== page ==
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abstract = "Objectives: This study sought to prospectively assess the impact of routine invasive physiology at the time of angiography on reclassification of therapeutic management of multivessel disease (MVD) patients, and to assess how implementation of instantaneous wave-free ratio (iFR) alters the process. Background: Routine invasive physiology in intermediate coronary lesions at the time of diagnostic angiography, primarily in patients with single-vessel disease and using fractional flow reserve (FFR), reclassifies coronary revascularization management in 26{\%} to 44{\%} of patients. The role of invasive physiology in patients with MVD is unclear. Methods: In 18 centers, 484 patients undergoing diagnostic angiography disclosing MVD with lesions >40{\%} by visual assessment were included. Investigators were asked to prospectively define their initial management strategy based on angiography and clinical information. Invasive physiology (FFR or iFR driven) was then performed and final strategy defined. Initial and final vessel, patient, procedural, and overall management were described. Reclassification was defined as the difference between initial and final strategy. Results: The majority of patients were clinically stable (82.2{\%}). Two- and 3-vessel disease was present in 73.3{\%} and 26.7{\%} of patients, respectively. Lesions investigated were “intermediate” with median percent stenosis, median FFR, and median iFR at 60{\%} (interquartile range [IQR]: 50{\%} to 70{\%}), 0.84 (IQR: 0.78 to 0.90), and 0.92 (IQR: 0.85 to 0.96), respectively. Vessel management was reclassified by physiology in 30.0{\%} (249 of 828) of vessels. Patient and overall management were reclassified in 26.9{\%} (130 of 484) and 45.7{\%} (211 of 484) of patients, respectively. Reclassification rates were high irrespective of initial management (optimal medical therapy, percutaneous coronary intervention, or coronary artery bypass grafting), and performance and results of pre-procedural noninvasive tests. Reclassification of overall management in particular increased with the number of vessels investigated (1 vessel: 37.3{\%}; 2 vessels: 45.0{\%}; 3 vessels: 66.7{\%}; p = 0.002). Incorporating iFR in the decision process was associated with investigation of more vessels (p = 0.04) and higher reclassification (p = 0.0001). Conclusions: In patients with MVD and intermediate coronary lesions, invasive physiology at time of angiography reclassifies revascularization strategy in a large proportion of cases (26.9{\%}) and investigation of more vessels is associated with higher reclassification rates.",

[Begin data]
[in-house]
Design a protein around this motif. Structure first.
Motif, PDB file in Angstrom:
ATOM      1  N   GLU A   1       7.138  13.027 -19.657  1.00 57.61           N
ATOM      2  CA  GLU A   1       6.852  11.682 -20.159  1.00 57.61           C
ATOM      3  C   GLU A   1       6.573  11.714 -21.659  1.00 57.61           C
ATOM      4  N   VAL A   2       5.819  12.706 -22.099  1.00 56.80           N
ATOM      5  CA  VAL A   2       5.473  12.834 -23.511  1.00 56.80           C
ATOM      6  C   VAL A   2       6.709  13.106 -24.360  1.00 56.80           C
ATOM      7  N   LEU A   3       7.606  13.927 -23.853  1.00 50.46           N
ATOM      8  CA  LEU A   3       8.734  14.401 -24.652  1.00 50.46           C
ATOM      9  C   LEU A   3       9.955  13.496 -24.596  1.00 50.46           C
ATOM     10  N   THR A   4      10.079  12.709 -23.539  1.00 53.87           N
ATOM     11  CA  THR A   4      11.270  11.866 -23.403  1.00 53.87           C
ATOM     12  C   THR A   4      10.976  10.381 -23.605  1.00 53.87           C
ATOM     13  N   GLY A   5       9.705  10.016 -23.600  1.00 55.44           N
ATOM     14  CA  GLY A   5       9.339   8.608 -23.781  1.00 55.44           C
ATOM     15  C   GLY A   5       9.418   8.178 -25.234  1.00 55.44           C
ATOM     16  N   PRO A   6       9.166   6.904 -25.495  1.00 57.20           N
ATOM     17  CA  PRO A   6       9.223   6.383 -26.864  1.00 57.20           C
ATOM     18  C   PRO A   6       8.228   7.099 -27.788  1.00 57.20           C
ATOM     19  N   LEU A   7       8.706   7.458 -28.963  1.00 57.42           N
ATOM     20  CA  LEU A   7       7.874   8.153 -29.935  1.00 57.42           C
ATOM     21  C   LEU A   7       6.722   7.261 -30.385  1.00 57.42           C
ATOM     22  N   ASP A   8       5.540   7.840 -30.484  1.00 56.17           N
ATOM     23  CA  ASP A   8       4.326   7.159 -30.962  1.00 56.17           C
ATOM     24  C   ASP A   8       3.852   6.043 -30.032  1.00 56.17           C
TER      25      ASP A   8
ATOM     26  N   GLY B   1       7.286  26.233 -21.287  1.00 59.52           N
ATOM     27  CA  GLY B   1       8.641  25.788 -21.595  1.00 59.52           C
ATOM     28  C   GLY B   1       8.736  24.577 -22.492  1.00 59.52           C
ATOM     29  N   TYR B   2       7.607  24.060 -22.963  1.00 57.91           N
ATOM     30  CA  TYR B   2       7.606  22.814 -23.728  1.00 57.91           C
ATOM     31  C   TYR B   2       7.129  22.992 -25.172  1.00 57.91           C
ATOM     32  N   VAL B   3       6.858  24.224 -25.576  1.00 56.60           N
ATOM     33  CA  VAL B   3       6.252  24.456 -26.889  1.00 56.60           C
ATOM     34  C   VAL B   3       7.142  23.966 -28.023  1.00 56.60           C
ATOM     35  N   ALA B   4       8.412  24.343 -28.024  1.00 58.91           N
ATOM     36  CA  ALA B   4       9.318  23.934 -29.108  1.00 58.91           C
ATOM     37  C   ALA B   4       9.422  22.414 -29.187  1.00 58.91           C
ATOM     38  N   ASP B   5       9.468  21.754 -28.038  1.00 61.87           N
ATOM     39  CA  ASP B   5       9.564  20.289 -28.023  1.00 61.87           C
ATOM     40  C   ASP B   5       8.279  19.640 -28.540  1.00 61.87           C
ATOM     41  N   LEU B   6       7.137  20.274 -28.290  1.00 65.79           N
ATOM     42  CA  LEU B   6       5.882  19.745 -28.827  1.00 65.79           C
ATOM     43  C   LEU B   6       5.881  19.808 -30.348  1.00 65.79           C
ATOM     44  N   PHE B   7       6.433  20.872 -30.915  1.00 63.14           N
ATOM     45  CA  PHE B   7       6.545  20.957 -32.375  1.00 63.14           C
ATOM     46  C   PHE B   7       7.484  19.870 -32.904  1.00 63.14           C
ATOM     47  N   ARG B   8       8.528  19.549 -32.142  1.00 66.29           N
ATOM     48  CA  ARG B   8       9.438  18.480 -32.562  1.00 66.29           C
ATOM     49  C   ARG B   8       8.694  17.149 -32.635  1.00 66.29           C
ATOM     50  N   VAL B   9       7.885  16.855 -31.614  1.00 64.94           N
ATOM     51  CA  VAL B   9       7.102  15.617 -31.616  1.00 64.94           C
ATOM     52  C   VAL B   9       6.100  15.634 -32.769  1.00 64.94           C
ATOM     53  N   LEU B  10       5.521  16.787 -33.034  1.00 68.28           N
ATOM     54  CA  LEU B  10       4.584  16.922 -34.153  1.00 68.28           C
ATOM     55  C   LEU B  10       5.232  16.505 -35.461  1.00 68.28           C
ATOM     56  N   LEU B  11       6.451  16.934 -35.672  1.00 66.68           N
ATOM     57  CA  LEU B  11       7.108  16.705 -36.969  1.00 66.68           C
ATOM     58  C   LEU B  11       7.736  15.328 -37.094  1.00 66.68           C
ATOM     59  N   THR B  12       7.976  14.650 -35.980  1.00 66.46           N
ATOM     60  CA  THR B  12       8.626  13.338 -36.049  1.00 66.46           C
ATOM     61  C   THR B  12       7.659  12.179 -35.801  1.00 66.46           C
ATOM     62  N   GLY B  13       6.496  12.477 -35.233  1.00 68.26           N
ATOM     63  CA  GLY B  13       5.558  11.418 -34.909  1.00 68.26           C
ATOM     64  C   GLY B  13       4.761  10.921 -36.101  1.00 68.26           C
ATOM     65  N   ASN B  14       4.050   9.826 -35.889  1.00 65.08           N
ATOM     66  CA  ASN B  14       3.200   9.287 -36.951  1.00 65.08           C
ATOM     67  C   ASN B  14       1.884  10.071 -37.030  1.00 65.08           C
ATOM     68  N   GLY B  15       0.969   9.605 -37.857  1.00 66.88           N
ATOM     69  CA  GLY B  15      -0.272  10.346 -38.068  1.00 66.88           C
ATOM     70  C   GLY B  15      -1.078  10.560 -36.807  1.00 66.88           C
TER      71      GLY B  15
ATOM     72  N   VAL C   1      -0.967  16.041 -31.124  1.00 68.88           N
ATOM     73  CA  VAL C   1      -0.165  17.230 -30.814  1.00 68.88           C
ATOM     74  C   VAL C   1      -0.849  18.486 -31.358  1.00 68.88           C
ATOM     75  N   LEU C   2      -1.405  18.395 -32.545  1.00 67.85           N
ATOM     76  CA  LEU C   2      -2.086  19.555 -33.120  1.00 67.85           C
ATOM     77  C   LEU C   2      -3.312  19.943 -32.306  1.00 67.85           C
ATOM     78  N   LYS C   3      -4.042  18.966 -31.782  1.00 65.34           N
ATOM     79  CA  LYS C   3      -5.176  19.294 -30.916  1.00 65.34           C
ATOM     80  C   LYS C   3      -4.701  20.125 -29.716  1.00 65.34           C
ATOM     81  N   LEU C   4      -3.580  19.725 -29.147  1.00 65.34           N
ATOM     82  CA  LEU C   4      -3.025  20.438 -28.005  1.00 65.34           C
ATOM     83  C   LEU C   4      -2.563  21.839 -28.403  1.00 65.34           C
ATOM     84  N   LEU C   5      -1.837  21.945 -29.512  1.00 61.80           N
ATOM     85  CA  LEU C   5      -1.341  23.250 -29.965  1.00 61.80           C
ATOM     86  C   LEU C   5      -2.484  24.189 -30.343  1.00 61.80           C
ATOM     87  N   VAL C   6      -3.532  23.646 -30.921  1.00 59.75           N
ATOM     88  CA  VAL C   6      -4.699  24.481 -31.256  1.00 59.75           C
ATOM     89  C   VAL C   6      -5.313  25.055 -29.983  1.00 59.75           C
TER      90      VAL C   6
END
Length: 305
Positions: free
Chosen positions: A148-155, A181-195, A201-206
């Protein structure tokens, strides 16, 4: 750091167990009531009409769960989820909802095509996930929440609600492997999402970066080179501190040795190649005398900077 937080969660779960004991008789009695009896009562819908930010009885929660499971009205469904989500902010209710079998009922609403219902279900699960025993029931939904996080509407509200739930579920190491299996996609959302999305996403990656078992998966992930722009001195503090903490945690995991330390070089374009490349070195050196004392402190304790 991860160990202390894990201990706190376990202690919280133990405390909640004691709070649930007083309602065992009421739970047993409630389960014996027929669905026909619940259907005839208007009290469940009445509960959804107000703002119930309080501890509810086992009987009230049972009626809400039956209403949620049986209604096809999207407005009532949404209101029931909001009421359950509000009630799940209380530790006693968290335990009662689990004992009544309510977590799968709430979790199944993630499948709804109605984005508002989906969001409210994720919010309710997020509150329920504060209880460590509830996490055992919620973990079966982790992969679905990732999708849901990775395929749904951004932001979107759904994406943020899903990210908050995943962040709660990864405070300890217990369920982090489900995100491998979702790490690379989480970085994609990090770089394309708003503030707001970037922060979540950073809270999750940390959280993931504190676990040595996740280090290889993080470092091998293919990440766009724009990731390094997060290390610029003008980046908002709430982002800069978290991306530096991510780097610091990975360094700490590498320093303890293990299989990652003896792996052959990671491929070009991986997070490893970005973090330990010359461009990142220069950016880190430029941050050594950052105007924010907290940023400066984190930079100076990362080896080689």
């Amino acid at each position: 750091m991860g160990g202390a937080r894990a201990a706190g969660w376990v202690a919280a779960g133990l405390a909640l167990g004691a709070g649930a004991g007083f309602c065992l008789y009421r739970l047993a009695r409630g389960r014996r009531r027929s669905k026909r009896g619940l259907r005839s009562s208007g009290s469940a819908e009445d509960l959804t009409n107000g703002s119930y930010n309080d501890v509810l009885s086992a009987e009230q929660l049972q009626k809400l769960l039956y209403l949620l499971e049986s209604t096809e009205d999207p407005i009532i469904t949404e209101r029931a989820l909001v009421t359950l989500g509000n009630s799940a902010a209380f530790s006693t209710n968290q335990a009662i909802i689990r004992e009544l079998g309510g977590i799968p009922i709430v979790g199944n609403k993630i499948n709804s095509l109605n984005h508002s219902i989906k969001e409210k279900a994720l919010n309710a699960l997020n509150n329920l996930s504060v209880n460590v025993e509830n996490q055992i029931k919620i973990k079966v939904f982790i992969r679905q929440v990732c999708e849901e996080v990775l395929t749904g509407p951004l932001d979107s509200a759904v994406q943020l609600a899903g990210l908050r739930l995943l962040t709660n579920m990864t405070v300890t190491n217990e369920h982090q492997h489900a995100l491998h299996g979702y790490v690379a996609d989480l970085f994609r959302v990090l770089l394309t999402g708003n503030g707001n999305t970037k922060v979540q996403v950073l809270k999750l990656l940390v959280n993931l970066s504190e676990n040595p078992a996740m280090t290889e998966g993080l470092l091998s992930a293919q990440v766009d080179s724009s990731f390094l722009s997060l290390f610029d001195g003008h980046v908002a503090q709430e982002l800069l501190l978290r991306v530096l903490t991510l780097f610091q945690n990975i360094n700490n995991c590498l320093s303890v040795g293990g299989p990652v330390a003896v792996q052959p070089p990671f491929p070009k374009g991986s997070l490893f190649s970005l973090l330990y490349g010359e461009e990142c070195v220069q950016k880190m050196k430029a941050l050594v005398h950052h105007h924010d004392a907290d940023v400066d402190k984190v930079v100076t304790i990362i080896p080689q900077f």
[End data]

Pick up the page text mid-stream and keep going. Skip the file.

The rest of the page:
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TY - JOUR